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What is Private Mortgage Insurance (PMI) ?

By Steven Roberts Updated on 7/27/2017

PMI Calculator

Home buyers who put less than 20% down, and are not utilizing a government insured loan program (such as FHA & VA), must obtain private mortgage insurance (PMI). 

PMI is a set of premiums that protect lenders from losing money as a result of borrower default. While these fees allow borrowers to purchase homes with minimal upfront cost, PMI provides no direct benefits to borrowers.

PMI fees will vary depending on the down payment and mortgage amount (although they typically range from 0.3% to 1.15% of the mortgage balance, according to the Mortgage Bankers Association of America (MBA)). 

As part of the American Taxpayer Relief Act of 2012, insurance premiums are tax-deductible.

Private Mortgage Insurance Example

Imagine that a borrower puts forth a 10% down payment on a $200,000 home, amounting to $20,000. In this case, PMI would average $900 annually, which would be split into twelve monthly payments of $75.

For a $100,000 home, the minimum down payment to avoid PMI would be $20,000, without considering the additional fees and closing costs. 

However, once homeowners reach 80% loan-to-value (LTV), meaning the mortgage balance is less than or equal to 80% of the home value, they can cancel their PMI coverage. 

PMI companies have minimum payment criteria that must be met before they will cancel the premium, even if you're below 80% LTV. Most require that you've made at least 24 payments. 

Once you know the name of your PMI company, ask them for the number of payments required before you can petition to have the insurance removed. 

Common Private Mortgage Insurance Concerns

When managing a mortgage with PMI,  keep track of payments of the mortgage to determine when the mortgage debt will reach 80% LTV. Once the balance reaches 80%, homeowners can notify the lender to cancel PMI fees, although an appraisal may be required. 

Additionally, homeowners must take into account any change in the value of their property, as this will affect their amount of equity and eligibility for discontinuing PMI fees.

According to the Homeowners Protection Act of 1998, lenders must inform the buyer at the time of closing how long it will take to reach the 80% LTV ratio. Furthermore, lenders must automatically discontinue PMI once the mortgage balance reaches 78%. 

However, for high-risk borrowers, the law permits lenders to continue charging PMI fees down to 50% LTV. These riskier cases may include loans with reduced documentation, in which borrowers provide significantly less proof of income, employment, and other relevant information during the application and underwriting process.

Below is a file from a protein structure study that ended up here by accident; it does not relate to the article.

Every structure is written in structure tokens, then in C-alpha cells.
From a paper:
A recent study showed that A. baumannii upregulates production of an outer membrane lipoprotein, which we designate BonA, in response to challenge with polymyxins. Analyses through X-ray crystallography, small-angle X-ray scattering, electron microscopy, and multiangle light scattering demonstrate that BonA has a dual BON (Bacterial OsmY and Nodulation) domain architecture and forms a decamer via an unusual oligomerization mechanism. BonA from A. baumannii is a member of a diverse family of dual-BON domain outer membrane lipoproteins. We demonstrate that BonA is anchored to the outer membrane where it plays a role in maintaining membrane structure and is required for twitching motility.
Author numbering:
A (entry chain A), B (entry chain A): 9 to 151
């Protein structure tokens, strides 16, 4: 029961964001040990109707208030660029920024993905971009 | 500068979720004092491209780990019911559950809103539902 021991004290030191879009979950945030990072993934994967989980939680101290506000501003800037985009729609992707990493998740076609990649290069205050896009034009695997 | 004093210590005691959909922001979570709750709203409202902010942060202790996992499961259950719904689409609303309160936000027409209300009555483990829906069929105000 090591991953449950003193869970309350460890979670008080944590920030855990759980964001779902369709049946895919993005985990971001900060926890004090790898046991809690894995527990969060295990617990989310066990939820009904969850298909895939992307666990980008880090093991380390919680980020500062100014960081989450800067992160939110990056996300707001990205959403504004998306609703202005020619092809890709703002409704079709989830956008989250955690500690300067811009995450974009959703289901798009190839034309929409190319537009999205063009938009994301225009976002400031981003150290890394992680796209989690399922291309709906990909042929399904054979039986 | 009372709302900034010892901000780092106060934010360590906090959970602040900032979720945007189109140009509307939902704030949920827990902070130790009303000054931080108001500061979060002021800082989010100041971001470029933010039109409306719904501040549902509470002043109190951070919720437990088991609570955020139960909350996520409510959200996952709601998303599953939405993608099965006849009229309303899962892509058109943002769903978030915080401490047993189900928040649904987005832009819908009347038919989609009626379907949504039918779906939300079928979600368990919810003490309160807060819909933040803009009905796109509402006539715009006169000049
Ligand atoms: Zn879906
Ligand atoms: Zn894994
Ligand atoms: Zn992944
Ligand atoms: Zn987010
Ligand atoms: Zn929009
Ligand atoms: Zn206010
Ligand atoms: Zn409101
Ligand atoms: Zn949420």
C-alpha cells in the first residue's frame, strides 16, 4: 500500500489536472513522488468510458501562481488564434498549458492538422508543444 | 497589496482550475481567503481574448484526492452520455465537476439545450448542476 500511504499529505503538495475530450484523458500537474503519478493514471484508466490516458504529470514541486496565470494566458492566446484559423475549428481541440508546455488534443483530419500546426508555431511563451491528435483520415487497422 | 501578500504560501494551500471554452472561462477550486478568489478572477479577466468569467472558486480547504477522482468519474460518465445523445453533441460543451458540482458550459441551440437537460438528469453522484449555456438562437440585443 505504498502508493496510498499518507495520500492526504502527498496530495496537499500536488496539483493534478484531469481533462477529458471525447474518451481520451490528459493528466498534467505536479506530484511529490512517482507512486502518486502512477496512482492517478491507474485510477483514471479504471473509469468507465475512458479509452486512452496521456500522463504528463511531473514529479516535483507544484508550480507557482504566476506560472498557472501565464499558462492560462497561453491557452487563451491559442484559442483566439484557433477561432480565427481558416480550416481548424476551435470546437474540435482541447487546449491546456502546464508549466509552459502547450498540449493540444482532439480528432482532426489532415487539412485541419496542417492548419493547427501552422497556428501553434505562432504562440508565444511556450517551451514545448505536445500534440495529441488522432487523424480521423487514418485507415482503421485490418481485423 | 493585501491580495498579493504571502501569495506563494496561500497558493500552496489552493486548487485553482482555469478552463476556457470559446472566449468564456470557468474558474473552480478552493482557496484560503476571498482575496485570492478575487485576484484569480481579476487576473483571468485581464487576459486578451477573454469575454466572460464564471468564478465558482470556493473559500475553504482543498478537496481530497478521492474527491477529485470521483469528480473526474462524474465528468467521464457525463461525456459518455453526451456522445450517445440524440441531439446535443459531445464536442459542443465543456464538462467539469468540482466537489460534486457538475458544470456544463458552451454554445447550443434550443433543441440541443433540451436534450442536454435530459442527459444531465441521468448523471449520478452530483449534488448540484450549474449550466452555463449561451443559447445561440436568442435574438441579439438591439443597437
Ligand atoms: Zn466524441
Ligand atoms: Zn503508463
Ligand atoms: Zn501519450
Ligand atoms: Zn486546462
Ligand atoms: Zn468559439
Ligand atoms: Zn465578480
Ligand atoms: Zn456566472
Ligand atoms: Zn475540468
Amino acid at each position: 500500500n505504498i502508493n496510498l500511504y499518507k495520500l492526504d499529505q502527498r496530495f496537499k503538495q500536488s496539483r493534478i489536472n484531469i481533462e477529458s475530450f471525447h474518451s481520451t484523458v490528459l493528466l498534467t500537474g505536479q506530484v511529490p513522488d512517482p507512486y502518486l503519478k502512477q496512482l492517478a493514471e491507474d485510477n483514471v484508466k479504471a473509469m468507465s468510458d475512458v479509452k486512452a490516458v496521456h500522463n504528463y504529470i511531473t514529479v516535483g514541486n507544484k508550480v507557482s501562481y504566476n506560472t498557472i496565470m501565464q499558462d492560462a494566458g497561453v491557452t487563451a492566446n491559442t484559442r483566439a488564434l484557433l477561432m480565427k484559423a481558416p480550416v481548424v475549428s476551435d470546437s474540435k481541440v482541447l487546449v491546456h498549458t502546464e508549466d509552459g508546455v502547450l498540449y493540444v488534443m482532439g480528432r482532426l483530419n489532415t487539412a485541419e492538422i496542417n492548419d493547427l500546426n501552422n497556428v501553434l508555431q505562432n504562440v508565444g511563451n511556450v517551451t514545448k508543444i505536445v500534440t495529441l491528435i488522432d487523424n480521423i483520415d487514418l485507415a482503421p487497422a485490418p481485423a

Borrowers with damaged credit or excessive debt-to-income may also be grouped into this category.

Ways to Avoid PMI Insurance

In today's mortgage market, borrowers have several options for circumventing mortgage insurance premiums, even without putting 20% down.

Tax Advantage Mortgage Insurance  

Tax Advantage Mortgage Insurance (TAMI) requires the borrower accept a higher interest rate at closing. The borrowers can forego paying costly private mortgage insurance requirements. Depending on the size of the down payment and credit scores, borrowers can expect a rate increase between 0.75% and 1%. 

The tax advantage is the ability to deduct the interest, whereas mortgage insurance fees may or may not be deductible, depending on borrower income and when the loan was initiated. 

Obtain an 80-10-10 mortgage

Although much less common following the disappearance of the subprime mortgage market, the 80-10-10 mortgage can be an effective way to get around paying private mortgage insurance fees.  80-10-10 loans allow borrowers to accept a higher interest rate on a smaller loan to avoid paying expensive PMI premiums.

Removing Private Mortgage Insurance

Private mortgage insurance is required until 20% of the home value has been paid off (equal to 80% LTV). 

At this point, the borrower can request removal by contacting their lender. At 22%, lenders are legally required to remove private mortgage insurance. 

But there are exceptions such as when the borrower makes a principal reduction to lower the LTV to or below 80% LTV during the early stages of repayment as a minimum number of payments may be required. Before making a principal reduction, the borrower should contact the lender to inform them of their intent and inquire if there is any guideline for a certain number of payments that must be made with PMI. 

The borrower should then determine if the additional cost of the required PMI is greater than refinancing to remove the PMI altogether. If so, refinancing should be considered.

Another example would be if the borrower has had a history of missed payments, the loan may be considered "high risk" and PMI may be kept in place. PMI may also be retained if there is an outstanding lien on the property.

If you are considering paying less than 20% down for your home, you should ask your mortgage lender about PMI. Good lenders will shop around for the best PMI insurance quote for you, and from companies they trust.

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About The Author:
Steven Roberts
Steven Roberts is an editor for Lender411. He specializes in mortgage and finance. Steven graduated from Cal State Long Beach. Contact him at Steven@Lender411com.

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